Insect-plant associations are the sort of thing that particularly interests ecologists. Duerr has found one species of rose weevil that seems to live only on Rosa carolina plants and not on any of the other three kinds of roses native to prairies. Is it an obligate species, a species capable of living only on one sort of plant? The literature contains no answer, so Duerr will have to look for one himself. He has also found beetles who spend their lives in anthills and who are, therefore, dependent on particular kinds of ants for their continued existence.
Ants are the special interest of Mark DuBois, another speaker on the program. DuBois is an ant systematist by training, who spends his research time classifying species. He has completed systematic studies of two major genera and recently did a study called "The Ants of Illinois."
There are about 20,000 species of ants in the world, and only about half of them have been described by scientists. It is conceivable that you could discover a species new to science in your backyard. DuBois once found a new one in exotic Central Michigan.
He is currently studying the ecology of Illinois ants, learning what species favor forests or prairies or savannas. Although scientists have been poking around in Illinois for a century and a half, nobody has ever systematically studied this question before.
Kenneth Mierzwa will be reporting on his studies of Chicago area herps. "Herps" is biologists' shorthand for reptiles and amphibians. The word comes from the Greek word for creeping and it is also the root of herpetology. Mierzwa's talk carries the title "Using Amphibians and Reptiles as Indicators of Presettlement Vegetation." It grew out of collecting and surveying work he was doing in Lake County. When he mapped the ranges of various species as his research had revealed them, and laid the map over a detailed map of presettlement vegetation prepared for the Lake County Forest Preserve by Robin Moran, he discovered an almost perfect correlation. Species such as milk snakes and brown snakes lived on land that was once oak savanna or along the edges of woodlands. Plains garter snakes and smooth green snakes occupied places that had once been prairie.
"We are dealing with animals with very short legs--or in the case of snakes, with no legs at all," Mierzwa says. "They rarely move more than a few hundred meters in their lifetimes."
Their immobility has been reinforced in recent years by all the roads, parking lots, railroad tracks, and other obstacles we have created. Unlike mobile creatures such as birds and the larger mammals, herps stay put, and that is why they can help us reconstruct past conditions.
Mierzwa has tested his ideas in Will County, where there is no detailed map of presettlement vegetation. He found that his woodland and savanna species are confined to the hilly ground of the Valparaiso Moraine and to the woodlands along the Des Plaines River. South and west of the moraine, where prairie probably dominated, he now finds only prairie species.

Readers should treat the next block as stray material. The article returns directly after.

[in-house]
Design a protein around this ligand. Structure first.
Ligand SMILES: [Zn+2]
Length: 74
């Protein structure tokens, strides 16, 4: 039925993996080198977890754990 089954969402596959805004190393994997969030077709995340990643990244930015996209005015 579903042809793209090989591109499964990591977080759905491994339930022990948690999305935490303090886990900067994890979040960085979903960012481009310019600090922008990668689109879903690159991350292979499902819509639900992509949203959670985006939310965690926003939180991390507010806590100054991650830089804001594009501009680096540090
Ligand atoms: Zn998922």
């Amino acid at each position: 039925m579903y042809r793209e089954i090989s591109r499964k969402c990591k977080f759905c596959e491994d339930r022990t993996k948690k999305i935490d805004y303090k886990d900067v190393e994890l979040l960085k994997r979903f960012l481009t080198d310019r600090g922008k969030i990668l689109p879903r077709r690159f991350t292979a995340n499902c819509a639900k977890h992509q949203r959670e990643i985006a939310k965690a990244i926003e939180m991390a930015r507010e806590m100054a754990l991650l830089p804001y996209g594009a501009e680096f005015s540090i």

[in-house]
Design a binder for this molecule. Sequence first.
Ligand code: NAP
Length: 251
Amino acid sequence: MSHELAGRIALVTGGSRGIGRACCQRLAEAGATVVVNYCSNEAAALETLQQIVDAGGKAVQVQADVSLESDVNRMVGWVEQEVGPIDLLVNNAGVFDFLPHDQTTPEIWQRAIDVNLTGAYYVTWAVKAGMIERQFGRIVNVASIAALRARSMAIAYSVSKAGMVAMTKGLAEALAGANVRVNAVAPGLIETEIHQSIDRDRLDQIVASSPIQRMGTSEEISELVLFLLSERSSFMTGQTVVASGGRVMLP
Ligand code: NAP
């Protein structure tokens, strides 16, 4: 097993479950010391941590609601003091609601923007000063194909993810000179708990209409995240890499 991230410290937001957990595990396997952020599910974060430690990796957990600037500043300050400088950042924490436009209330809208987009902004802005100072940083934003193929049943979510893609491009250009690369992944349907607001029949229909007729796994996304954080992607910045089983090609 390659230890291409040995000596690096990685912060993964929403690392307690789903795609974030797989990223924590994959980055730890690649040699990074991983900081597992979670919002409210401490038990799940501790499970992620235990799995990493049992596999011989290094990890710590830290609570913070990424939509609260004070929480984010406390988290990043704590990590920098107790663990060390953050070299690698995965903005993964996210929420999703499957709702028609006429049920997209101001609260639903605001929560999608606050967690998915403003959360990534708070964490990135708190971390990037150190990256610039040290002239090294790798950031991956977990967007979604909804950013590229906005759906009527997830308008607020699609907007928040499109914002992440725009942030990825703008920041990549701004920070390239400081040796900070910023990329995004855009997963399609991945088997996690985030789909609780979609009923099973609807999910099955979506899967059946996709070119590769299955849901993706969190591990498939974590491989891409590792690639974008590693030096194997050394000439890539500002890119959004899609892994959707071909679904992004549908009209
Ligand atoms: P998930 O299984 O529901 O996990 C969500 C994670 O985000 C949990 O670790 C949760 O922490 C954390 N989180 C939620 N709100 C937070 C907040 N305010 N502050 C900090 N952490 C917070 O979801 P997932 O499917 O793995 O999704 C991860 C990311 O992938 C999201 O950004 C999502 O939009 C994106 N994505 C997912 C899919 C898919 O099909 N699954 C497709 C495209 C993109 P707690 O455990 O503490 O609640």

Ken Mierzwa typifies a dominant strain in the prairie movement. He was a business major. Herps were his hobby, but he has devoted so much time and study to them that he is widely recognized as an authority even though he doesn't have the right degrees. Lately, he has begun to combine work and hobby by doing studies of herps on a contract basis with various public and private agencies who have natural land to manage.
The importance of amateurs in the prairie movement shows up plainly in the list of speakers scheduled for the workshop. The Nature Conservancy has put together a large and active group called the Volunteer Stewardship Network to care for natural areas of all kinds--prairies, savannas, woodlands, and wetlands--in northern Illinois. Representatives of the network will be discussing techniques for organizing successful workdays on natural areas. People whose knowledge comes directly from experience will tell how to organize projects, how to decide what to do in each season, and how to sustain a volunteer organization dedicated to maintaining a natural area.
And since preserving prairie remnants often means drumming up political support for them, several highly experienced people will tell how they organized successful campaigns to protect natural areas in their communities.
Anyone who is heavily into prairies is probably already registered for the workshop. If you are interested but so far uninvolved, the workshop will be a great way to get a heavy dose of prairie fever. Chicago is the center of prairie protection and restoration in the U.S., and at the workshop you can meet the people who can steer you toward some very satisfying work.
You need to register in advance for the workshop. You can do that by calling 869-5966 and leaving your name and address. The workshop's organizers, the North Branch Prairie Project, will send you the necessary forms along with a workshop program. The cost is $18 for adults and $12 for students, which includes lunch.